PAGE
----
Reimagining Networks and Security at AFCEA Defensive Cyber Operations Symposium (DCOS)

Lt. Gen. Alan Lynn, director of the Defense Information Systems Agency (DISA) and commander of the Joint Force Headquarters–Department of Defense Information Network (JFHQ-DODIN), kicked off ACFEA Defensive Cyber Operations Symposium (DCOS) reminding attendees that the ongoing cyberwar doesn’t have a pause button.

“The battle in cyberspace is constant; it’s not episodic for us. Because we’re defending the network and it’s a constant pounding all the time,” Lynn said during his opening keynote.

Lynn cited the recent WannaCry ransomware as one example of the types of attacks the DISA frequently deals with.

With that in mind, Lynn and his teams are working to reimagine networks and security. Here are some ways DISA is looking toward the future:

Internet of Things

“I think the future is going to be IoT,” Lynn said. “You hear a lot of people talking about IoT.”

To accommodate that, a lot of research is being done into real-time computing that leverages parallel processing rather than serial processing. Lynn used driverless cars as an example of the need for real-time computing: “Do you want to wait a few seconds to get to the braking part, or do you want it real time?” he asked.

Assured Identity

Assured identity will also be critical to network security and access.

“The way we built the Internet, you can ride on it and nobody will know who you are,” he said. “With identity as part of that mix, that helps solve a lot of our problems in people attacking our network.”

Lynn said assured identity goes beyond traditional common access cards for authentication and access and leverages biometric authentication such as facial and voice recognition, fingerprint, eye scanning and gait; and behavioral authentication, including travel patterns, location by time, device handling, speech patterns and keystroke cadence.

“When you start getting all of that data…your identity score goes up and it will determine how much access you have to different portions of the network,” Lynn said. “So the future I see will be not only a network that’s mobile that you’re bringing devices into your building, but it will determine what’s your level of access based on the amount of identity that’s been provided to your device. That’s a future we’re currently working on.”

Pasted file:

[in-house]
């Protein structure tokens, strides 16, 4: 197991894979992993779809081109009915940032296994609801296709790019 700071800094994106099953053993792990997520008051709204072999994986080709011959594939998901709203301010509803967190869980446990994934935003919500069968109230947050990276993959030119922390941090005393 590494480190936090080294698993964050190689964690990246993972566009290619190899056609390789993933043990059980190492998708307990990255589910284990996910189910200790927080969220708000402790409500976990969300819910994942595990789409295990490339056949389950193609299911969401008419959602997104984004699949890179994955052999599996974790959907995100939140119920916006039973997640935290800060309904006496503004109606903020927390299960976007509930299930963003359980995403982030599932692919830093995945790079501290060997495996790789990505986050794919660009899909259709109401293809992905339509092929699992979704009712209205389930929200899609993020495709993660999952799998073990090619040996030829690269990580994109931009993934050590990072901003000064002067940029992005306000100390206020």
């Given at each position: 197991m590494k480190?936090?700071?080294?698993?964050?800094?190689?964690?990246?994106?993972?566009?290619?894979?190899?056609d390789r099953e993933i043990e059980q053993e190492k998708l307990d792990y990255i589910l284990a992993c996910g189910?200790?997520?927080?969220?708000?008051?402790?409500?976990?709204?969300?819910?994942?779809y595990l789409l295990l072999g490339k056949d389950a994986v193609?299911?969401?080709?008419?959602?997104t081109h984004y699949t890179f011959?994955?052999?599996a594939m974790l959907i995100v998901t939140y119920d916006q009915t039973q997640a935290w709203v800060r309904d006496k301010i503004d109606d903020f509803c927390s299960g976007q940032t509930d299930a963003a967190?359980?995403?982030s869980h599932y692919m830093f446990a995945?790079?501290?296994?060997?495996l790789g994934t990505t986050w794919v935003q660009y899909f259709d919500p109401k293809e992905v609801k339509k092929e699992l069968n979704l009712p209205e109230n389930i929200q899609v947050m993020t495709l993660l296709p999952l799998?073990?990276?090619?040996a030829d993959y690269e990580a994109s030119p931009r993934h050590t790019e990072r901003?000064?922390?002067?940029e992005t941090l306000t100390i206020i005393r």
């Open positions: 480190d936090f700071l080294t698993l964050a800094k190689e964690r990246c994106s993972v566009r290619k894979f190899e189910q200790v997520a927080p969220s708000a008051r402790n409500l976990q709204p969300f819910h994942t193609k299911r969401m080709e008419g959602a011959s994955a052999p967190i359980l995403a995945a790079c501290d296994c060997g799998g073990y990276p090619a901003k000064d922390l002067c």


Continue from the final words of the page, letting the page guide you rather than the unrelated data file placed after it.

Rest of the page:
Modernizing Applications

Lynn said DISA is working to update old, legacy applications and breathe new life into them on new platforms. He said they’re moving old applications to HTML5, which makes them platform independent and accessible across all different devices.

Software-Defined Networking

Software-defined networking (SDN) is another major initiative for DISA. Not only does it present cost savings by eliminating hardware spend in favor of virtualization, but it adds a new layer of security. SDN delivers the ability to replicate a virtual network and move users to that replica in the event of an attack.

“If you attack one network, you can have it, because we just left,” he said.

Grey Net

Lynn added that DISA is also moving to the Grey Net, a software-defined network that encrypts and decrypts data at the endpoint, meaning classified data can ride on untrusted networks. The Grey Net replaces legacy systems that are device dependent and hardware heavy and in which classified data must have its own networks.

“In the future, what we see is a software-defined network that encrypts and decrypts at the endpoint so it can ride essentially any network that’s available – any untrusted network. That will be a game-changer because we don’t care what the transport is, we’ll use whatever’s available.”


A10 Networks was part of the conversation at AFCEA DCOS, where we showcased how a defense in depth cyber security strategy can fortify networks and applications against today’s modern threats, and how federal agencies can protect themselves from threats concealed in encrypted traffic.

For example, A10 Thunder SSLi empowers government agencies to break and inspect encrypted traffic to eliminate the blind spot in their networks without sacrificing performance.

For more information on threats that can hide in encrypted traffic, download our free white paper, “The Ultimate Guide to SSL Inspection: Uncover Threats in SSL Traffic.”


June 23, 2017

About Andrew Hickey

Andrew Hickey serves as A10's editorial director. Andrew has two decades of journalism and content strategy experience, covering everything from crime to cloud computing and all things in between. READ MORE